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Revised Citizens’ Insurance Rates Approved, Raising Premiums For Most Policyholders

A tree fell onto a home in Valdosta, Georgia, during Hurricane Hermine.
Michael Rivera
Wikimedia Commons
A tree fell onto a home in Valdosta, Georgia, during Hurricane Hermine.

The Florida Office of Insurance Regulation has approved new rates for Citizens Property Insurance Corp. that will increase average rates for residential personal-lines policies by just under 4.7%, down from an earlier plan for an 8.2% hike. 

The majority of Citizens’ 420,000 policyholders will see rate increases, but about 67,000 will see rates go down.

Citizens has 1,961 policyholders in Duval County. The company expects at least 461, or about 23%, of those residents to see rate decreases. Most of those decreases will come to renters and mobile home owners. 

Duval’s current average premium with Citizens is $1,202. That’s expected to rise by 9.2% to $1,312.

Those numbers could change as Citizens’ actuaries review the recently approved rates.

More than half of Citizens’ policyholders are in South Florida. Duval County had 372 policyholders at last check.

Citizens was created by the state legislature in 2002 to provide insurance to Floridians who can’t find coverage in the private market.

“We are there to provide coverage on insurable property when the private market won’t offer a comparable product,” said Citizens spokesman Michael Peltier.

The new rates, which will vary for individual policyholders depending on the details of their coverage and locations, will go into effect Dec. 1, 2019. The planned 8.2% hike was approved this past December but did not take effect. 

The Citizens Board of Governors in June scaled back the planned increase after lawmakers passed a measure this spring that revamped a controversial insurance practice known as assignment of benefits (AOB). The state-backed Citizens and other insurers had blamed higher rates on fraud and litigation involving assignment of benefits, commonly known as AOB.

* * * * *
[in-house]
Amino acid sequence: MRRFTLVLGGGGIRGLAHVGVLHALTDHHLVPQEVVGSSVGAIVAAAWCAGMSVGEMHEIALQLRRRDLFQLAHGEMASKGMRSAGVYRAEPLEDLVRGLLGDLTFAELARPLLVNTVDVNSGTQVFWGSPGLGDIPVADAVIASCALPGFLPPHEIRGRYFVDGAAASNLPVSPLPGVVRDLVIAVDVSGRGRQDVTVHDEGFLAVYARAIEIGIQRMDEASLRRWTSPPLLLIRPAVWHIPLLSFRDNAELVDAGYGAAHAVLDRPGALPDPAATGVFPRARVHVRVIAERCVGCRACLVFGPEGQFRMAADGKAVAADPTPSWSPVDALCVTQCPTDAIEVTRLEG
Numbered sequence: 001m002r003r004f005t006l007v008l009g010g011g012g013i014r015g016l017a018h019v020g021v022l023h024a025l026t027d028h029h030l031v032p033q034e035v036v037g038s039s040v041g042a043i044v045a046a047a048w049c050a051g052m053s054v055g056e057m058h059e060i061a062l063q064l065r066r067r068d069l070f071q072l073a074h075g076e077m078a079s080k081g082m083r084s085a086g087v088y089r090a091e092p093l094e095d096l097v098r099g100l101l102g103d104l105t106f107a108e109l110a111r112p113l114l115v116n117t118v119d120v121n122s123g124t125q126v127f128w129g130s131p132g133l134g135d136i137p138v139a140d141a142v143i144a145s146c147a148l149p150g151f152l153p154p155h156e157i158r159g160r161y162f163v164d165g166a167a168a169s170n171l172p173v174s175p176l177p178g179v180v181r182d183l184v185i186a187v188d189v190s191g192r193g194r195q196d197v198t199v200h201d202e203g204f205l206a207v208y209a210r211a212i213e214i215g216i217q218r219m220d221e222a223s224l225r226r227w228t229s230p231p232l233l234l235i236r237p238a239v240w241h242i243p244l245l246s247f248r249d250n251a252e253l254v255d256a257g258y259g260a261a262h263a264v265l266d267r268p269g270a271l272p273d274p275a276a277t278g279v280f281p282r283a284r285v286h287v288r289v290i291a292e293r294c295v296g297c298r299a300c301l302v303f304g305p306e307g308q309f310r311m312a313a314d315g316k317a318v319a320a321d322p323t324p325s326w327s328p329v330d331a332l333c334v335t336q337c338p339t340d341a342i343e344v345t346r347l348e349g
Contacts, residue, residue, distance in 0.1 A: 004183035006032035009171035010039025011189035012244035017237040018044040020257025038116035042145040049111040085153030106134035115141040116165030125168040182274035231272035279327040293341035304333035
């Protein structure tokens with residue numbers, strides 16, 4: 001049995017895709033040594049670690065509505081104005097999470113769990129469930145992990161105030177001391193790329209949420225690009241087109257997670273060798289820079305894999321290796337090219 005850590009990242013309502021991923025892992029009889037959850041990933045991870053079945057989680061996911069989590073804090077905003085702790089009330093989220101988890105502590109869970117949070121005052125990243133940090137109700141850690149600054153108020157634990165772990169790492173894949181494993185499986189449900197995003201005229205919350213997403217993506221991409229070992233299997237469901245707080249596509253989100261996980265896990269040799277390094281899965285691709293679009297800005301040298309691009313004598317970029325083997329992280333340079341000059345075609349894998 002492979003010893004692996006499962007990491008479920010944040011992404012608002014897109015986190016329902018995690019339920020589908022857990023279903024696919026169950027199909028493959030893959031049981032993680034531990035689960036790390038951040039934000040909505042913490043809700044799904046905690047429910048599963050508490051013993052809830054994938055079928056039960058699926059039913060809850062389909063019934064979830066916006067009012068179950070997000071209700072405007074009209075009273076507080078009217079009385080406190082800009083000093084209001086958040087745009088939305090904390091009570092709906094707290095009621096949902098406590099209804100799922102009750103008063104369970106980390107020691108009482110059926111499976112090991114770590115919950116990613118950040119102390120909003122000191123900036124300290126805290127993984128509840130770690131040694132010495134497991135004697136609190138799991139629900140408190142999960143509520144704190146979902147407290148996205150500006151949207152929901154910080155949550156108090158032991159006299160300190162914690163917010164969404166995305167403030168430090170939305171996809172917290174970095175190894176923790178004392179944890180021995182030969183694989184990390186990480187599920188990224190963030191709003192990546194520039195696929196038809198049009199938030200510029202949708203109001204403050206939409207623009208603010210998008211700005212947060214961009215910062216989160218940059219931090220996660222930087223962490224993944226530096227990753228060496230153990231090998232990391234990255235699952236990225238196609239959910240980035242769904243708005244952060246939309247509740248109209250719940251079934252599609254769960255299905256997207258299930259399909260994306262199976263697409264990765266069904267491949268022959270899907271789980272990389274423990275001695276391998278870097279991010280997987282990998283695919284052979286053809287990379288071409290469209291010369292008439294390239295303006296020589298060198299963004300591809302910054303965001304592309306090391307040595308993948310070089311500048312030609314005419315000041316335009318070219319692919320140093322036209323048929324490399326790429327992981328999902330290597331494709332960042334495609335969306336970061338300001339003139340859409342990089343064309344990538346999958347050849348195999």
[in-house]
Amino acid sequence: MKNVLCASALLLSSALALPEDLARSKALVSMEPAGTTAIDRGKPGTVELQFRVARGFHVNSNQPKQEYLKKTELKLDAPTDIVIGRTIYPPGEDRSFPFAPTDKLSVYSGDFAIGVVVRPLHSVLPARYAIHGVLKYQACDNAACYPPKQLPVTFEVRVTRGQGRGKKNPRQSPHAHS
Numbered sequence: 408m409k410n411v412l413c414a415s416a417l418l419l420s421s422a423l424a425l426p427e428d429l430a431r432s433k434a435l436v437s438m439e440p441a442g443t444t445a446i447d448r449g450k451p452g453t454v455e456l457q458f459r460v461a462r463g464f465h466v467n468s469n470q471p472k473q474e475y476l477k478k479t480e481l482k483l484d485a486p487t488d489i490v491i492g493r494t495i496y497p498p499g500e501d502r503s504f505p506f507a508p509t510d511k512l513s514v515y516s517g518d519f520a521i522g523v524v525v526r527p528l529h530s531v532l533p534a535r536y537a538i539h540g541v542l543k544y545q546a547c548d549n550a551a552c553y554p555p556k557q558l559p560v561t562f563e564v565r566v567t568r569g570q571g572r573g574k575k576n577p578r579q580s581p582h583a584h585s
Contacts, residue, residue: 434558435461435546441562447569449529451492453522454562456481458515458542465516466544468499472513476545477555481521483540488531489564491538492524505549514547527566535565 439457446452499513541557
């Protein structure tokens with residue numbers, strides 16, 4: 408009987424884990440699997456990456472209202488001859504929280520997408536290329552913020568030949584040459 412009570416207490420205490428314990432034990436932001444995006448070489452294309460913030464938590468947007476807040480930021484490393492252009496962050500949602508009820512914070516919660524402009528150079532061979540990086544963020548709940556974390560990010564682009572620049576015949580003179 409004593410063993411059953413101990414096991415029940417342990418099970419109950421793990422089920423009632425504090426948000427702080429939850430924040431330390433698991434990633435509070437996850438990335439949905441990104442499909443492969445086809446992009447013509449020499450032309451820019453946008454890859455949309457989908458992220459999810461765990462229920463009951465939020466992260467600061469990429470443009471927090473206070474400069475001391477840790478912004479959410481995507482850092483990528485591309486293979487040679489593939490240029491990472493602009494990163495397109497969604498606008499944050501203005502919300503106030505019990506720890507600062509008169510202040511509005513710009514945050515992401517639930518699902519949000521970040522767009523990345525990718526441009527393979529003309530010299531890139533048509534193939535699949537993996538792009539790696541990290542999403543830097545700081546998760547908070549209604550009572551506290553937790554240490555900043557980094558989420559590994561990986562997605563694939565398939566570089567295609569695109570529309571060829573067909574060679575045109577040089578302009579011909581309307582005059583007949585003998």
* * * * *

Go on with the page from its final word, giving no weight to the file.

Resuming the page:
“This would not have been possible without the leadership of Governor Ron DeSantis, Chief Financial Officer Jimmy Patronis, Senate President Bill Galvano and House Speaker Jose Oliva,” said Barry Gilway, Citizens’ President/CEO and Executive Director. 

In a news release issued late Monday, state Insurance Commissioner David Altmaier credited the new law (HB 7065) with helping reduce the Citizens rate hike. 

“We are pleased to see that AOB reforms passed by the Legislature are already having a positive effect on rates,” Altmaier said. “We will be closely monitoring new rate filings to ensure that cost savings are passed along to Florida consumers.” 

Assignment of benefits involves policyholders signing over claims to contractors who pursue payments from insurance companies. While insurers contend the practice has become riddled with fraud and litigation, plaintiffs’ attorneys and other groups say AOB helps make sure claims are properly paid. 

The new law makes changes such as placing limits on attorney fees in AOB lawsuits. 

“From a statewide perspective, the rates that were approved earlier this week reflect what we consider to be critical changes that the legislature put in place earlier this year to help us address the problem of unnecessary litigation and assignment of benefit abuse. In other parts of the state those changes will not result necessarily in rate decreases, but they may result in the estimated increase being less than what we would have planned originally,” said Peltier. “Down the road, people outside of South Florida will see the benefits of this legislation. It may not be this year, but it may be sooner than what they would have otherwise.”

Along with the AOB changes, the new Citizens rates also reflect the Office of Insurance Regulation freezing rates in Monroe County for many wind and multi-peril residential policies.

Photo used under Creative Commons license.

Brendan Rivers can be reached at, 904-358-6396 or on Twitter at @BrendanRivers.

Special Projects Producer Brendan Rivers joined WJCT News in August of 2018 after several years as a reporter and then News Director at Southern Stone Communications, which owns and operates several radio stations in the Daytona Beach area.